Fresnel glare, HTC Vive Pre. Credit: Oliver Kreylos Simulated Fresnel glare, Oculus Rift
Of course, when it comes to VR, there’s never going to be a silver bullet that solves every problem, and although Fresnel lenses have some distinct advantages over regular lenses, they also have some distinct disadvantages, which is probably why Sony decided not to use them on the PlayStation VR. The two big issues with this lens type are reduced contrast and something called Fresnel glare. This glare is most noticeable in high contrast situations where bright objects exhibit very noticeable light flare artifacts around them. On dark backgrounds, the glare can be quite distracting, and is a problem that affects both the Vive and the Rift (though in different ways due to the difference in the size of their lenses Fresnel ridges) as shown in the images above.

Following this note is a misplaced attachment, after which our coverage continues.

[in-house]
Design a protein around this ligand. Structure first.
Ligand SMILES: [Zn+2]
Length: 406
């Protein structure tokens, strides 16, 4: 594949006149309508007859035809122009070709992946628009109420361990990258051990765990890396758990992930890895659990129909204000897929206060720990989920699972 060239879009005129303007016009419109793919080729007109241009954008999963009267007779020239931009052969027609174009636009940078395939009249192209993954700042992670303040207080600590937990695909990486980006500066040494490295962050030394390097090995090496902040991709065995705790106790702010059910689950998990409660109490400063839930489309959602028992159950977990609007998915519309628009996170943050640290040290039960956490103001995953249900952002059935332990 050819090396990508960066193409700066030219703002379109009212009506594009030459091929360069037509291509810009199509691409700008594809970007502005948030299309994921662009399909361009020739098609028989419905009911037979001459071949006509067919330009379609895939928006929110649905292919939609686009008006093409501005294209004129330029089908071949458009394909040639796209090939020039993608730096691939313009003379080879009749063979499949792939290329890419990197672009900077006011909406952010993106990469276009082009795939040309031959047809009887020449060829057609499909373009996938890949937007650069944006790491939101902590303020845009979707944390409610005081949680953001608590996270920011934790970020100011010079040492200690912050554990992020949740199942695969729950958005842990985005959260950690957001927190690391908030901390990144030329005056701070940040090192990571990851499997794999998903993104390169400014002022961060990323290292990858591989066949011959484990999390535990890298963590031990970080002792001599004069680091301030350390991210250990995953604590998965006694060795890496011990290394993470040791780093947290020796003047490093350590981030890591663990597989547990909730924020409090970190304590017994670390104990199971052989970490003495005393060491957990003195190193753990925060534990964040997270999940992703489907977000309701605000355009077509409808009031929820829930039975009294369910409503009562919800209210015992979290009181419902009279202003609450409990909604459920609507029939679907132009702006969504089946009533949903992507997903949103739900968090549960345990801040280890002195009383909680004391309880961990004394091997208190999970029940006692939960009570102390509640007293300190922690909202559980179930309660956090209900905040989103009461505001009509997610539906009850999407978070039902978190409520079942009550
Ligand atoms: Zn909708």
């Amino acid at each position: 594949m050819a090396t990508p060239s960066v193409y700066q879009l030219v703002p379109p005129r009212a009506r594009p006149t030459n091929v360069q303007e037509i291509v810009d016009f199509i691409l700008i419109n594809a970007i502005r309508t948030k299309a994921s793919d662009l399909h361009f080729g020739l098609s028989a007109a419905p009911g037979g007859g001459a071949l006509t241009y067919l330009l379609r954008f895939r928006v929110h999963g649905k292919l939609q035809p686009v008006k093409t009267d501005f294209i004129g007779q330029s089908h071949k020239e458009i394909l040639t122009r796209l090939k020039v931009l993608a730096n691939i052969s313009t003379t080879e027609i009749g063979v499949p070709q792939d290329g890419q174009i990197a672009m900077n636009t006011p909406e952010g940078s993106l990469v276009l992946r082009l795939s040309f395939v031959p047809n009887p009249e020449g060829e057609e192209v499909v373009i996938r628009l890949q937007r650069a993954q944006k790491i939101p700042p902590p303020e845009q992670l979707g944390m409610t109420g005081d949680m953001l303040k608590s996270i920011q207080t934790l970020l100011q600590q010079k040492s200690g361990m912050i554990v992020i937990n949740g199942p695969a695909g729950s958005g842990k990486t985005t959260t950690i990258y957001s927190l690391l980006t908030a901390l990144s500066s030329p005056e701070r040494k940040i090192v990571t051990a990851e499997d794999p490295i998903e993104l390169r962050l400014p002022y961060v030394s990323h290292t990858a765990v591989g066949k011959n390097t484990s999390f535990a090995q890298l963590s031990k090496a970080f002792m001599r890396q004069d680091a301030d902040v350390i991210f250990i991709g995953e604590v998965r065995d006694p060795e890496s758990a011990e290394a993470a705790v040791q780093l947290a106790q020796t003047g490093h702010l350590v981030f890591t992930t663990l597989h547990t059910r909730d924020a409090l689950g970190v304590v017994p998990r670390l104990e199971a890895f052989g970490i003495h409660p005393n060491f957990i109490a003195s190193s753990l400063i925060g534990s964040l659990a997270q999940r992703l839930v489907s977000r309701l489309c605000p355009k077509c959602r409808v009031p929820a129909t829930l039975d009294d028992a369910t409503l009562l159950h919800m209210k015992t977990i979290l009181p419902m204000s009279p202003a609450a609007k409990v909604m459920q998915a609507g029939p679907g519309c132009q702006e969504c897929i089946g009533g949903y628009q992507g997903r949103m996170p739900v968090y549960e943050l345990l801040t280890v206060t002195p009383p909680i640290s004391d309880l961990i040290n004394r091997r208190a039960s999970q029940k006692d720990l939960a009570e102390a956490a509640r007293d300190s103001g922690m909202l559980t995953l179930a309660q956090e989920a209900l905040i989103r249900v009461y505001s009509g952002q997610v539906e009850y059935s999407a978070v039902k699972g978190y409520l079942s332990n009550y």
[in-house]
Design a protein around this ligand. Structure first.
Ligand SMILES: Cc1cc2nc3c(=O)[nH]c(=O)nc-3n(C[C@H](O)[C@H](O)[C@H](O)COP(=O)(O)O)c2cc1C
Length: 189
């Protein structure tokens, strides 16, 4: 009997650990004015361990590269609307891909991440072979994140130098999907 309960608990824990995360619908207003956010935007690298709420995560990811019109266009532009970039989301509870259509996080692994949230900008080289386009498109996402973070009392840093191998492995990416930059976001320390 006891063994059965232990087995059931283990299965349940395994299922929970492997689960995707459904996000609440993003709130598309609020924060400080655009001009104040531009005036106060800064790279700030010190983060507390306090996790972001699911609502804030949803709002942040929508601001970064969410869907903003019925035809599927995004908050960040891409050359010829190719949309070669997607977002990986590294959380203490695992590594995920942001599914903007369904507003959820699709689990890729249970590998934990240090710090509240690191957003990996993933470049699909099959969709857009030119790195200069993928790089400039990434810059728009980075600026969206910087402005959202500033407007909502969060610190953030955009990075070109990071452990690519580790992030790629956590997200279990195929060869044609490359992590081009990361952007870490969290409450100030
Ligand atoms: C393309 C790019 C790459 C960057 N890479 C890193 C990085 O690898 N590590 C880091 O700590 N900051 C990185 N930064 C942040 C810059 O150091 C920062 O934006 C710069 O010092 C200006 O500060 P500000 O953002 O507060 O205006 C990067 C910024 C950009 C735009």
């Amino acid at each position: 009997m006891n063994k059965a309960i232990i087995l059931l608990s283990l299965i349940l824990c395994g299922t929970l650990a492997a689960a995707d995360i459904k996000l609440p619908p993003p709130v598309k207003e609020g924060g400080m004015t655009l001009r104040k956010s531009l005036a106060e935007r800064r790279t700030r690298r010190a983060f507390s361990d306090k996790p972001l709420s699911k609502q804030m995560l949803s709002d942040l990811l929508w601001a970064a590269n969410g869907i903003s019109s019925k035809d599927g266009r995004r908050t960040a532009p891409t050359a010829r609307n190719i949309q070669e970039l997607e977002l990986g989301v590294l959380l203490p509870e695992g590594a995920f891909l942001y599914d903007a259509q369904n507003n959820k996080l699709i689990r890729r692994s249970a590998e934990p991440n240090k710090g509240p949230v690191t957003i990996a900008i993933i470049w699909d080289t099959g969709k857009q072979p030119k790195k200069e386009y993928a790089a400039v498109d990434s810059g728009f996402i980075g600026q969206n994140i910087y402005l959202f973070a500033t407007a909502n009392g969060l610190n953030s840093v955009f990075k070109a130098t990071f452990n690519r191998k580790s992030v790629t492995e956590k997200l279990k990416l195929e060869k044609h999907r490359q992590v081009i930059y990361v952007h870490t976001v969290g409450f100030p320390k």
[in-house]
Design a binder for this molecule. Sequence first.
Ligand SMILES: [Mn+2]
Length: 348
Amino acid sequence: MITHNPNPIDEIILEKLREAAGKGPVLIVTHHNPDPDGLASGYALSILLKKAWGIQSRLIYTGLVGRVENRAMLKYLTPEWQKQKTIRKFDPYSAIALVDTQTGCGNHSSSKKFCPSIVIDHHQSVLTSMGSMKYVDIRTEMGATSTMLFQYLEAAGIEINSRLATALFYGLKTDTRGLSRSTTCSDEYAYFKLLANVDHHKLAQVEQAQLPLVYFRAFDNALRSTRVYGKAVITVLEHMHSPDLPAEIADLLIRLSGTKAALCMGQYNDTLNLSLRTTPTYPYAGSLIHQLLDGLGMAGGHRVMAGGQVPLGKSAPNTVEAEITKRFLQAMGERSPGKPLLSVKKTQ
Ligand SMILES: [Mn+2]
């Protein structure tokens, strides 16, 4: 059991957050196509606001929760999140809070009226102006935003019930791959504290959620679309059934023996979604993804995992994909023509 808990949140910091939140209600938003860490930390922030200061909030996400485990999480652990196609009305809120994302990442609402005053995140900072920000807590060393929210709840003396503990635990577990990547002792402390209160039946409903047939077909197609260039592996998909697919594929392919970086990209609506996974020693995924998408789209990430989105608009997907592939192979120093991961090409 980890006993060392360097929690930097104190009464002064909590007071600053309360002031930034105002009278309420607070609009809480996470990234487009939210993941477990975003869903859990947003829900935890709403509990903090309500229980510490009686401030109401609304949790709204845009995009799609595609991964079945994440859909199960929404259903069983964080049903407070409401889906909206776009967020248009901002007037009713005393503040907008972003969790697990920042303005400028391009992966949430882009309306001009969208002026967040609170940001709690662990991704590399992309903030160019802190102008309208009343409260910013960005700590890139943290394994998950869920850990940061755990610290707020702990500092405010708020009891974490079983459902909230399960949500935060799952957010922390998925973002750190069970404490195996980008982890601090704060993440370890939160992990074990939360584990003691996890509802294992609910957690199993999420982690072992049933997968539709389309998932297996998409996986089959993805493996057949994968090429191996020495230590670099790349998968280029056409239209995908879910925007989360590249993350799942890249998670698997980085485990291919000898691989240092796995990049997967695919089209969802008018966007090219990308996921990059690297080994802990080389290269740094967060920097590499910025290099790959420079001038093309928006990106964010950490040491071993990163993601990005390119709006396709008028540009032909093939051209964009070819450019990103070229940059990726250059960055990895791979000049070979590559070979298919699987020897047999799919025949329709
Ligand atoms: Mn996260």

Optical design is all about trade-offs, and clearly Sony didn’t think the issues Fresnel lenses introduce were satisfactory and is hoping its superior screen technology and extensive knowledge of optical design will allow the PSVR to compete effectively on image quality. Keep in mind, though, even with its screen’s better subpixel matrix and lack of Fresnel glare, other factors will likely challenge the PSVR’s overall VR image quality. For example, the PlayStation 4 is significantly less powerful than the PCs needed for the Vive and Rift, so we expect the PSVR’s graphics to have more aliasing and less detail to achieve the required 90fps needed for comfortable VR.
Field Of View Compared: Vive Vs. Rift